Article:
Time to Write by M.S. Tarot

“I don’t have time to write.”

If you have ever uttered that phrase I want you to make a fist and punch yourself in the temple as hard as you can. Why? Well, maybe the pain of that headache will make you stop lying to yourself. That is what you did when you said that. You lied to yourself.

The day is twenty-four hours long. That should come as a surprise to no one in this day and age, but I felt it should be mentioned since so many people seem to think there is less time now than there was in the past. As if someone has been stealing hours in these last few years. The simple truth is you are wasting years of your life doing things that are useless, mindless, and unproductive “pastimes” towards reaching the goals you have.

Between 1589 to 1613 writer William Shakespeare wrote his complete works. Twenty-four years.  Thirty-seven plays, with a total word count of 835,997.

I can hear you. “Well, hell MST, give me 24 years and I can manage to write more than that!”

Really? Really?

Well, Bill Shakespeare was also a husband, a father, and a grandfather. He worked in London but lived in Stratford, and he owned and managed properties in both.  He was an actor, a playwright, and was a partner in a leading actor company. His life also had all the wonders, burdens, uncertainties and tragedies of anyone’s life. He buried an 11-year-old son in 1596. He married off two daughters. Also, remember this was the time of travel by horse and buggies. Hundred mile trips, back and forth in carriages. Weeks, months even away from his family.

Yet he wrote all of that. He had an incredibly busy life but he found the time.

Why? How?

Well, the why is easy, it was what kept the family he loved feed, clothed, and housed in a respectable way. But there had to have been that love of writing, love of the craft, or he would have simply followed his father’s occupation, been the town of Stratford’s bailiff (mayor) and have lived a simpler life. How terribly bereft the world would be if he had followed that path.

But how?

Now that is a tough one since no real data on that remains. But I can easily image him sitting at a table with his family around him, working even when he was home. Children, who had not seen their father for weeks or months, calling out to him. Asking him to come look at something, each and every child hoping for their father’s approval of their juvenile efforts. Words flowing not onto a self-correcting, linked to the internet to help research computer, but out of a feather quill. Ink drop by ink drop. Words were written by oil lamp, by candlelight, when children were abed. Words were written when his eyes burned for lack of light and sleep.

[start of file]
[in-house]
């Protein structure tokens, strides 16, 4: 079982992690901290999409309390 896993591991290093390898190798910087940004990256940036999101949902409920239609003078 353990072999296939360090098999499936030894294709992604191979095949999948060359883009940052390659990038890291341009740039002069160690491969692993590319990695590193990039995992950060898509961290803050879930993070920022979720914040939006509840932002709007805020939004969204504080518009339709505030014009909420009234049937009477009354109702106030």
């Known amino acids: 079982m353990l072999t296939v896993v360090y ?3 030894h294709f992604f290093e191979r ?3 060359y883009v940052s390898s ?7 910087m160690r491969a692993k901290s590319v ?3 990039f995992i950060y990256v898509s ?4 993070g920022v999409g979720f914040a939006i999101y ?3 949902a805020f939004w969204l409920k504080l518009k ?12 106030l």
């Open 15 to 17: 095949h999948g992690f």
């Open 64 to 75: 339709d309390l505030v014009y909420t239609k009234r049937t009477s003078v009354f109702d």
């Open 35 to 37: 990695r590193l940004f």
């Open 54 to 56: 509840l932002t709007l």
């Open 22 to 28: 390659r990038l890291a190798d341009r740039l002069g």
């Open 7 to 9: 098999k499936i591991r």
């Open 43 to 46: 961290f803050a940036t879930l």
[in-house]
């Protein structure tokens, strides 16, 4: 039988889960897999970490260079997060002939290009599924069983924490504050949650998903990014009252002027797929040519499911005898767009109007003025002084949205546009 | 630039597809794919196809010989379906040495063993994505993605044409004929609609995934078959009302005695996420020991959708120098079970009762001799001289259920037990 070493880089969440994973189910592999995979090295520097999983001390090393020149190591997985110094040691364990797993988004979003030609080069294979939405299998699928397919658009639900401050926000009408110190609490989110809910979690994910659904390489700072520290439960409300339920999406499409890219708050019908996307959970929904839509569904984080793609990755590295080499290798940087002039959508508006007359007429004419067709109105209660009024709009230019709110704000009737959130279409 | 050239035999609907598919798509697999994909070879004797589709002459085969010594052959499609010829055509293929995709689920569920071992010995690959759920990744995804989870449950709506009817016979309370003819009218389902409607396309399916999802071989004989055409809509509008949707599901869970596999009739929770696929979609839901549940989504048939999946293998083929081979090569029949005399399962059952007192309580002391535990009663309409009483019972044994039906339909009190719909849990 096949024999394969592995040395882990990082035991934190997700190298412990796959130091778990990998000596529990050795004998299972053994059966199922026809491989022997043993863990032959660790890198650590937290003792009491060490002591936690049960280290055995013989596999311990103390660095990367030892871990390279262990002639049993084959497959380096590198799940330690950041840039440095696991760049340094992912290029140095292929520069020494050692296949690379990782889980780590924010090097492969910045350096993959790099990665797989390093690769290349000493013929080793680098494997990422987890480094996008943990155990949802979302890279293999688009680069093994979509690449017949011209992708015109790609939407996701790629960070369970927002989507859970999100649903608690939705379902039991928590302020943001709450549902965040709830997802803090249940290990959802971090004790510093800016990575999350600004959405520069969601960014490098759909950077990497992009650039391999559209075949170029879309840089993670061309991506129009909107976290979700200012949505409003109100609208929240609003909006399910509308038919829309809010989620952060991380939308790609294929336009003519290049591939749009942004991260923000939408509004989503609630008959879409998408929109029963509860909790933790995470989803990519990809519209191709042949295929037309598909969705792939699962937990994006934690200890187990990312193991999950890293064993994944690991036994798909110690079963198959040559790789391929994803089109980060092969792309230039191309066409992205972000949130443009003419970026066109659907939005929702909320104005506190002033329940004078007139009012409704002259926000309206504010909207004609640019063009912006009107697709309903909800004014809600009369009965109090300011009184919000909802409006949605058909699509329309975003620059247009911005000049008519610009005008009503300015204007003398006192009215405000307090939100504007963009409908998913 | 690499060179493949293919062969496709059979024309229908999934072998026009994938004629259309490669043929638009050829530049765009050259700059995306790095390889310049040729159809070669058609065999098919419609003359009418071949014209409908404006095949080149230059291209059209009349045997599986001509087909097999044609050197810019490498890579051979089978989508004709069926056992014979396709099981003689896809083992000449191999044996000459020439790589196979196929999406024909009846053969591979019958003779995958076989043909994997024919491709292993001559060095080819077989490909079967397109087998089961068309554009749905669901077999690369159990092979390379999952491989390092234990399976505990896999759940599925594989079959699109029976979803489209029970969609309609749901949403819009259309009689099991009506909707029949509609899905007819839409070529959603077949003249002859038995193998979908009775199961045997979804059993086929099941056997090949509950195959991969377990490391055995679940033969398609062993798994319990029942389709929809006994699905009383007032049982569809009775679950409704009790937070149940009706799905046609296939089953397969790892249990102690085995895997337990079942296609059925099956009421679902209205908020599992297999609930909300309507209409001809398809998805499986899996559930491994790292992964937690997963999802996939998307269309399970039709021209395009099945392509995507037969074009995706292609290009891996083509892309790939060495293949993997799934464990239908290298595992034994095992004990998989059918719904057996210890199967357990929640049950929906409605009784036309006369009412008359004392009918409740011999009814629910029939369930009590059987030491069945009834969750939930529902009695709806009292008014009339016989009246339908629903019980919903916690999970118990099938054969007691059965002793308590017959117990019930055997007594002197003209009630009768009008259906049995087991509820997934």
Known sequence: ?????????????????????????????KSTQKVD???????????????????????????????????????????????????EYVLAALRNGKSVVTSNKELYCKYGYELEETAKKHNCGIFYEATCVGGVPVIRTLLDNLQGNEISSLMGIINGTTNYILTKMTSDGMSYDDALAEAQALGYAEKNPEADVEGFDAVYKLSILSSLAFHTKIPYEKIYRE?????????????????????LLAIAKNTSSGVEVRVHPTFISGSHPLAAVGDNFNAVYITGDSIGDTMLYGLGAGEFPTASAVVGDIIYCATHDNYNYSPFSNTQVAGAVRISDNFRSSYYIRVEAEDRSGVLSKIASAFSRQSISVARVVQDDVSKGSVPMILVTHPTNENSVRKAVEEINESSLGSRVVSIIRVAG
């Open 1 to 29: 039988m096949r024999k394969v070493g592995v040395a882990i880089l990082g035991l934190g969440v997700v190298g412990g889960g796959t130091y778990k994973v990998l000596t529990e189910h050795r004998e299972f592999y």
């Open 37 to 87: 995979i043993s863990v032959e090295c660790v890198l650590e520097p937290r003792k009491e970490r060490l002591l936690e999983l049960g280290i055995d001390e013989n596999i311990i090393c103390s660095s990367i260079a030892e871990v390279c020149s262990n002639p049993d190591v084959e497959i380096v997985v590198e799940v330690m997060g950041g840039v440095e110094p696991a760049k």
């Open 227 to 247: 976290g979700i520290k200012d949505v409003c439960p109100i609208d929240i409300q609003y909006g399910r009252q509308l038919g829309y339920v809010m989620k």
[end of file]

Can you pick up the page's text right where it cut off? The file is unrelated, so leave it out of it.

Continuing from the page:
He had to find the time.

Four hundred years later, nothing has changed for the life of a writer except that life is still life and the tools of the craft are better. You–humble unknown writer–have advantages that many of the greatest writers, people whose words are required reading, would have begged to have. Would have been seen as magical tools, given by angels on high to help them with the struggles they had.

“You don’t have time to write?”

Turn off your TV. And I don’t mean for a little bit, for a night, for a few days. I mean forever. Turn that damn idiot box off. How much time are you really spending “watching it” anymore, anyway? Most people seem to be on the computer nowadays. TVs are now simply there for background noise. Turn it off.

Video games? Hours of digital fun trying to get your little group of hero pixels to the top of another group of mountain pixels, where you will try for the tenth time to defeat the big boss group of pixels. Or are you chasing Pokémon around a park? Tossing wrathful birds at omelet making pigs? Digging a mine with a pickaxe you crafted? Or maybe you’re addicted to Facebook games. Crushing candy?

Cocks an eyebrow. “You don’t have time to write?”

Scrapbooking? Rolls up a roll of craft paper and threatens to spank you.

Hobbies are great and wonderful things. For years mine was writing, but that was simply the top of the list. I would love to have back the time I spent playing World of Warcraft. A good year of my life was lost trying to get a dozen characters across the world of Azeroth. And how many other such games did I play? Oh, god that’s a horrible number. Weeks, and weeks, and weeks of my life are gone. I had fun at the time, but looking back on that from a person staying up till midnight to find time to write I want that time back.

The simple truth, you do have the time to write. You do. You simply have got to reap it from the wasted time in your life, life wheat from the chaff. Steal those moments, become the thief, rather than letting time rob from you. Also, this isn’t Harry Potter; no one is going to give you a Time Turner so that you can get your work done. Make the time, find the time, steal the time.

Sitting at a doctor’s office, write. Waiting at the DMV, you, poor person, you have hours to write. And it doesn’t always have to be putting words to paper. Reading a book, if you read it as an author–looking for how the author crafted the story, is also writing. Hell, even those magazine articles at the doctor’s office is writing if you try to understand how it was crafted. Minimal word count, maximum information. How wonderful is that for your writing?

Don’t force your writing, but don’t you dare blame lack of time. You’re better than that. You’re a writer, remember? If you’re not able to write, it’s because blue butt space monkeys that live on the backside of the moon and drive yellow cheese cars, stole your computer to help them get home.

If you going to lie, make it original.




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